Just got back from Dublin, where I was for the second time and I want to share some of the not so known activities I’ve done around the city. Everyone knows Dublin is the city of bars and pubs. And when it gets to drinking, I don’t know anyone who can drink a pint faster than an Irish. So fear not the crazy city of bars, because you just found yourself the list of things to do right now in Dublin that doesn’t involve booze.
1. Trinity College and Book Of Kells library
The most famous university in Ireland is the University of Dublin, which has one one college, Trinity College. The university full name is The College of the Holy and Undivided Trinity of Queen Elizabeth near Dublin and was establish by Elizabeth I of England and Ireland in 1592.
Today the campus is right in the heart of the city, right across the street from the Irish House of Parliament.
The most visited place in Dublin can be found right on the campus of Trinity College: The Library. This is the permanent home of the famous Book of Kells, the illuminated Gospel manuscript in Latin.
The book is sitting right at the entrance of the old library. The long hall of the library is quite impressive and it’s the home of 200 000 volumes of a total of 6 million volumes, which the library has.
Visitors can also admire the Trinity College Harp, a harp from the 15th century, the official national symbol of Ireland. Does anyone know the coat of arms of Ireland? The harp.
Funny thing is that the famous beer, Guinness has also a harp as their logo. Because Guinness was the first to trademarked the symbol of the harp as their logo, Ireland has turned the harp around. They changed their national symbol to differentiate it from the beer brand.
This seaside town is 20km south of the city centre of Dublin, on the coast, is a must for a day or half day trip. There are buses or trains going all day to and from Dublin.
I took a train to get here and then I walked along the coast, on a high ground, a 5km long path, towards Greystones. I recommend this day trip, and I wish you great weather because the landscape is just breathtaking.
3. Howth Harbour
The north border of Dublin Bay is the Howth Head peninsula, which is a fishing village and a suburb of Dublin city.
The place has become popular with tourists and has many seafood restaurants options. The harbour hosts hundreds of colourful boats and the landscape is just magical. In the bay created artificially, 3 sea lions were putting on a show for the enjoyment of the tourists. Magical.
Then go take a walk on the long pier, all the way to the lighthouse. It will get windy, but it’s worth it. And if you have time, get all the way up on the hill and admire the view.
4. Strolling the streets
I know we are not talking about drinking, but seeing the crowded bars on the narrow streets of the city, is at least a nice walk to get to know the city. And as you get a bit further, the short buildings of Dublin catch your attention with their bright coloured massive doors. I’ve never seen so many red doors in any other city.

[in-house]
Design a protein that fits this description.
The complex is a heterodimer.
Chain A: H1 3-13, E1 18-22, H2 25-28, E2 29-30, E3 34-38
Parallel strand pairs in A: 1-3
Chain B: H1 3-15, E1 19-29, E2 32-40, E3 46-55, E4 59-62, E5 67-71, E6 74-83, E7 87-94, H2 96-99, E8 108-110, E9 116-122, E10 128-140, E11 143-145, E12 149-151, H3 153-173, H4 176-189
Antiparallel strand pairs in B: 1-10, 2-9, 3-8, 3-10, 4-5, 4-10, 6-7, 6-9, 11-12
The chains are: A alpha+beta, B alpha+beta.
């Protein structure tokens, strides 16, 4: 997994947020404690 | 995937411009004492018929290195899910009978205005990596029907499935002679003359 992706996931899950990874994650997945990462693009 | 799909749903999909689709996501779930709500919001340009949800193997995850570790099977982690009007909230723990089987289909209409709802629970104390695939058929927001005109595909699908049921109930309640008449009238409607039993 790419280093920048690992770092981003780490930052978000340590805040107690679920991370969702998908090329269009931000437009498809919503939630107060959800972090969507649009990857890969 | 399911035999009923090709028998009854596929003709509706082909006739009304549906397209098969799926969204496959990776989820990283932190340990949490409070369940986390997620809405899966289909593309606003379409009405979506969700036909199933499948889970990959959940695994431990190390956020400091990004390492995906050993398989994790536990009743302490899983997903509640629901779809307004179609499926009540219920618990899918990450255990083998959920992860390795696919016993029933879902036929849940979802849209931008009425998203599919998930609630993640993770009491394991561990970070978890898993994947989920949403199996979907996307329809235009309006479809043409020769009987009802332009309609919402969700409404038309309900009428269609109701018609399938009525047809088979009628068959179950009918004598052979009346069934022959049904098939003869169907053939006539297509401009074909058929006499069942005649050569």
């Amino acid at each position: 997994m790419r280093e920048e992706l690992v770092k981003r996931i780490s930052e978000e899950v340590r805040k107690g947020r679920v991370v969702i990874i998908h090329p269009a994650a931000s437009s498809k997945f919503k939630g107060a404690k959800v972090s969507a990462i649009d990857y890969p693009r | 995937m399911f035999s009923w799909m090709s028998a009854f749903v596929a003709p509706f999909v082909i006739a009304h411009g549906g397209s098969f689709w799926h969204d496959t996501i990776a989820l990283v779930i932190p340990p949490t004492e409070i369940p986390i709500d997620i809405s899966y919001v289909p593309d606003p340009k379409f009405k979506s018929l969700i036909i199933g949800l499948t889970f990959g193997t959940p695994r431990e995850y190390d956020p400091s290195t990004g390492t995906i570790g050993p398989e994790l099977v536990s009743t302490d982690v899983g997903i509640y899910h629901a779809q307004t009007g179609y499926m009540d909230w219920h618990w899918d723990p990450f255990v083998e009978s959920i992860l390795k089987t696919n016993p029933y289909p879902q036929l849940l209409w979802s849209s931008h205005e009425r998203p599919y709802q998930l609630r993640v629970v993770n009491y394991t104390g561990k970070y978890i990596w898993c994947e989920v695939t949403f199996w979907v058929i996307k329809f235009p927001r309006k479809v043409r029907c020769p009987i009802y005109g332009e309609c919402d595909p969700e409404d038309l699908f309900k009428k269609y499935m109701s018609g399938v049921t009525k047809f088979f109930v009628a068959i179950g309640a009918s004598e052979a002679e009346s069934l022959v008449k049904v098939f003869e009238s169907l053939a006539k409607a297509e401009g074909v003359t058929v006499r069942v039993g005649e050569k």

The British style is not only seen in the architecture of the buildings, but also in the traffic. Unlike everyone else, their cars have the wheel on the right and drive on the left-hand side of the road. Just don’t get yourself killed because I’ve been on their bus and the drivers stop really close to the people waiting to cross the street or next to the cars in traffic.
Just don’t get yourself killed because I’ve been on their bus and the drivers stop really close to the people waiting to cross the street or next to the cars in traffic.
Speaking of busses, there is a Dublin city hop on hop off bus and the regular buses. If you do get the bus, the famous double-decker, sit upstairs on the first row. That’s going to be a bumpy ride.
The centre of Dublin is a place to stroll around and when your legs get tired, sit on a bench on the quay of river Liffey.
5. Rent a bike
In Dublin, there are many points where you can rent or drop a bike, so it’s the best way to explore. I’ve never taken a bus anywhere in the city, except for the airport. I’ve mostly walked everywhere, it’s not a very big city, and the center is not big. Everything is at a walking distance.
But when you want to see a lot in a short period of time, walking around can be exhausting. So rent a bike and go explore!
Watch out for the direction of the cars. If you come from a country where cars drive on the right side of the road, it’s going to take a little while till you get used to it. Good thing they wrote on the ground which way to look when crossing the street.
6. Visit Dublin Bay
The first time I was in Dublin, I’ve met an Irish on Couchsurfing, to hang around. He asked me what do I want to see in Dublin and I said: “The harbour”. He stared at me for a second, and then he said:”It’s the first time I hear someone saying that, but I’ll take you because it’s my favourite place in the city”.
We used bikes to get there and I loved every second of that road, even though it was raining. Rain is part of Ireland’s culture, so the best way to go is to embrace it and always carry an umbrella or a hat if you are riding a bike.